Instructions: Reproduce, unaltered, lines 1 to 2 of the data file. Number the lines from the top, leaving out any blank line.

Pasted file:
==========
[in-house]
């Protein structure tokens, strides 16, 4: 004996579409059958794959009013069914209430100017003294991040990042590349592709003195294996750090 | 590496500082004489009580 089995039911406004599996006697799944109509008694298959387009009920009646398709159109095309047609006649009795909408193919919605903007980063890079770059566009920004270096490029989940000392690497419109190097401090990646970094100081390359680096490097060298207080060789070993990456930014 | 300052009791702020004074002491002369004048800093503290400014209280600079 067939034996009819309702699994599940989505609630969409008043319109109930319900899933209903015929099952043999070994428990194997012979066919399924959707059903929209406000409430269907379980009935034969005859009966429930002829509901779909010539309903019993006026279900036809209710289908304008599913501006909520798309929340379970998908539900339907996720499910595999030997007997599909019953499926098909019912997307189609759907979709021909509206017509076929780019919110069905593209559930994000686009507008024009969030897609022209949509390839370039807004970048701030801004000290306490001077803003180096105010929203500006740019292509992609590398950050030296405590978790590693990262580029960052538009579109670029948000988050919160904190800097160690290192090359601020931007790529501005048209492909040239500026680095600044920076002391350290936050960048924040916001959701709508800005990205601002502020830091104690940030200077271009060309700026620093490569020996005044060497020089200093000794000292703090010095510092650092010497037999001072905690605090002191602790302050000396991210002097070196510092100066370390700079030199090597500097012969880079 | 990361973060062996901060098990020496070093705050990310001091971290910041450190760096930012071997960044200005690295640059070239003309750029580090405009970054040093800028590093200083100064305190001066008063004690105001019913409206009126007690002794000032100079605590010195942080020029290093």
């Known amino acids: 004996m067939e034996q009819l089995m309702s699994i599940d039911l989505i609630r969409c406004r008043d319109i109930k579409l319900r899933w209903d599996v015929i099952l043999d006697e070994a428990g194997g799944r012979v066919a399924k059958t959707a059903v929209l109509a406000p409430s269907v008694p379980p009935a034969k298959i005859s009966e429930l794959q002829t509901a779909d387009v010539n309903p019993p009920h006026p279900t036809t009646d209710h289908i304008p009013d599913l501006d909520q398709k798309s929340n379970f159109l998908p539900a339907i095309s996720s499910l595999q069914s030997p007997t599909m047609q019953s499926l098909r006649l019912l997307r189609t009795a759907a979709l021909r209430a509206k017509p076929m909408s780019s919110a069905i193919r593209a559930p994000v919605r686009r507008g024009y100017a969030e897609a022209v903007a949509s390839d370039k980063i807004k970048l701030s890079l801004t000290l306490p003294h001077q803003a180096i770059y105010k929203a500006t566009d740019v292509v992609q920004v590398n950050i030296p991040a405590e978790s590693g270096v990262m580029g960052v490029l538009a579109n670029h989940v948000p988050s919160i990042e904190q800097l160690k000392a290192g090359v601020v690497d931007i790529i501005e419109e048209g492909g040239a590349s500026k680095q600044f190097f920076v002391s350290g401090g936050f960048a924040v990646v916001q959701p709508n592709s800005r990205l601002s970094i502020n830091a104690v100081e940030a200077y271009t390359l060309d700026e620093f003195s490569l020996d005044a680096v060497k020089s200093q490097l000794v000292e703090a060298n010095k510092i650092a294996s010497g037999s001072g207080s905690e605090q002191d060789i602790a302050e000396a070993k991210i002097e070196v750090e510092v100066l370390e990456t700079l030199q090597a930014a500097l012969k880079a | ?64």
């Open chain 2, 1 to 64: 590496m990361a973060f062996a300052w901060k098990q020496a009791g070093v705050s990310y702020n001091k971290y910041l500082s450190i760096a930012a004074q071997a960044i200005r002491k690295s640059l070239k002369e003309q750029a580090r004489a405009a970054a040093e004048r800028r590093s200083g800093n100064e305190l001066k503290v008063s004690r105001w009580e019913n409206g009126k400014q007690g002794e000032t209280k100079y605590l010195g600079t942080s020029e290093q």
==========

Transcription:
[in-house]
């Protein structure tokens, strides 16, 4: 004996579409059958794959009013069914209430100017003294991040990042590349592709003195294996750090 | 590496500082004489009580 089995039911406004599996006697799944109509008694298959387009009920009646398709159109095309047609006649009795909408193919919605903007980063890079770059566009920004270096490029989940000392690497419109190097401090990646970094100081390359680096490097060298207080060789070993990456930014 | 300052009791702020004074002491002369004048800093503290400014209280600079 067939034996009819309702699994599940989505609630969409008043319109109930319900899933209903015929099952043999070994428990194997012979066919399924959707059903929209406000409430269907379980009935034969005859009966429930002829509901779909010539309903019993006026279900036809209710289908304008599913501006909520798309929340379970998908539900339907996720499910595999030997007997599909019953499926098909019912997307189609759907979709021909509206017509076929780019919110069905593209559930994000686009507008024009969030897609022209949509390839370039807004970048701030801004000290306490001077803003180096105010929203500006740019292509992609590398950050030296405590978790590693990262580029960052538009579109670029948000988050919160904190800097160690290192090359601020931007790529501005048209492909040239500026680095600044920076002391350290936050960048924040916001959701709508800005990205601002502020830091104690940030200077271009060309700026620093490569020996005044060497020089200093000794000292703090010095510092650092010497037999001072905690605090002191602790302050000396991210002097070196510092100066370390700079030199090597500097012969880079 | 990361973060062996901060098990020496070093705050990310001091971290910041450190760096930012071997960044200005690295640059070239003309750029580090405009970054040093800028590093200083100064305190001066008063004690105001019913409206009126007690002794000032100079605590010195942080020029290093």